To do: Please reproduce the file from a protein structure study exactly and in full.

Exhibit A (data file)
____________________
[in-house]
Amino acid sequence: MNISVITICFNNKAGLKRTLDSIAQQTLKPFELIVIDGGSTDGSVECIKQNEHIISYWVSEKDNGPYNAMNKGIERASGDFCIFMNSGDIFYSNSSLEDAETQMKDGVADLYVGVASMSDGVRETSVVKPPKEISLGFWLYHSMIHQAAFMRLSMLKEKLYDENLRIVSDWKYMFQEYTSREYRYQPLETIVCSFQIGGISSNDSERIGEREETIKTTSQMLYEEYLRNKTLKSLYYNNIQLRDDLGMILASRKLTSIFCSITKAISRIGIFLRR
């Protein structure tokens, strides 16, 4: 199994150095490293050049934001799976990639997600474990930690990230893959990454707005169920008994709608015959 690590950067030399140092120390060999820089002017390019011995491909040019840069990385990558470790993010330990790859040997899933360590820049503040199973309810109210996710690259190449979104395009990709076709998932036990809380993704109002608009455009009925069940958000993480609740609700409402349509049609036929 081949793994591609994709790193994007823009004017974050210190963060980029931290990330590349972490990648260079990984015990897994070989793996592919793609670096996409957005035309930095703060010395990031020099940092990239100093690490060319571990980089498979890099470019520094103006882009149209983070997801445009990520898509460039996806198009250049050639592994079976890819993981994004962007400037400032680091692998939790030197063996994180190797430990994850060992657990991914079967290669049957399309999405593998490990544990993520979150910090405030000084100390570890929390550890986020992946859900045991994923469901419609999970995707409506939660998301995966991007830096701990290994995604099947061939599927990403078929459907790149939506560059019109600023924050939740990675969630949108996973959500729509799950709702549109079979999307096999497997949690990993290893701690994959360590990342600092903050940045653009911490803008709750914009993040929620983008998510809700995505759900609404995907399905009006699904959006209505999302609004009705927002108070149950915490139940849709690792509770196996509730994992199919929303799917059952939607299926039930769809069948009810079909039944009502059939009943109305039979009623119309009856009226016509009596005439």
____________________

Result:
[in-house]
Amino acid sequence: MNISVITICFNNKAGLKRTLDSIAQQTLKPFELIVIDGGSTDGSVECIKQNEHIISYWVSEKDNGPYNAMNKGIERASGDFCIFMNSGDIFYSNSSLEDAETQMKDGVADLYVGVASMSDGVRETSVVKPPKEISLGFWLYHSMIHQAAFMRLSMLKEKLYDENLRIVSDWKYMFQEYTSREYRYQPLETIVCSFQIGGISSNDSERIGEREETIKTTSQMLYEEYLRNKTLKSLYYNNIQLRDDLGMILASRKLTSIFCSITKAISRIGIFLRR
């Protein structure tokens, strides 16, 4: 199994150095490293050049934001799976990639997600474990930690990230893959990454707005169920008994709608015959 690590950067030399140092120390060999820089002017390019011995491909040019840069990385990558470790993010330990790859040997899933360590820049503040199973309810109210996710690259190449979104395009990709076709998932036990809380993704109002608009455009009925069940958000993480609740609700409402349509049609036929 081949793994591609994709790193994007823009004017974050210190963060980029931290990330590349972490990648260079990984015990897994070989793996592919793609670096996409957005035309930095703060010395990031020099940092990239100093690490060319571990980089498979890099470019520094103006882009149209983070997801445009990520898509460039996806198009250049050639592994079976890819993981994004962007400037400032680091692998939790030197063996994180190797430990994850060992657990991914079967290669049957399309999405593998490990544990993520979150910090405030000084100390570890929390550890986020992946859900045991994923469901419609999970995707409506939660998301995966991007830096701990290994995604099947061939599927990403078929459907790149939506560059019109600023924050939740990675969630949108996973959500729509799950709702549109079979999307096999497997949690990993290893701690994959360590990342600092903050940045653009911490803008709750914009993040929620983008998510809700995505759900609404995907399905009006699904959006209505999302609004009705927002108070149950915490139940849709690792509770196996509730994992199919929303799917059952939607299926039930769809069948009810079909039944009502059939009943109305039979009623119309009856009226016509009596005439």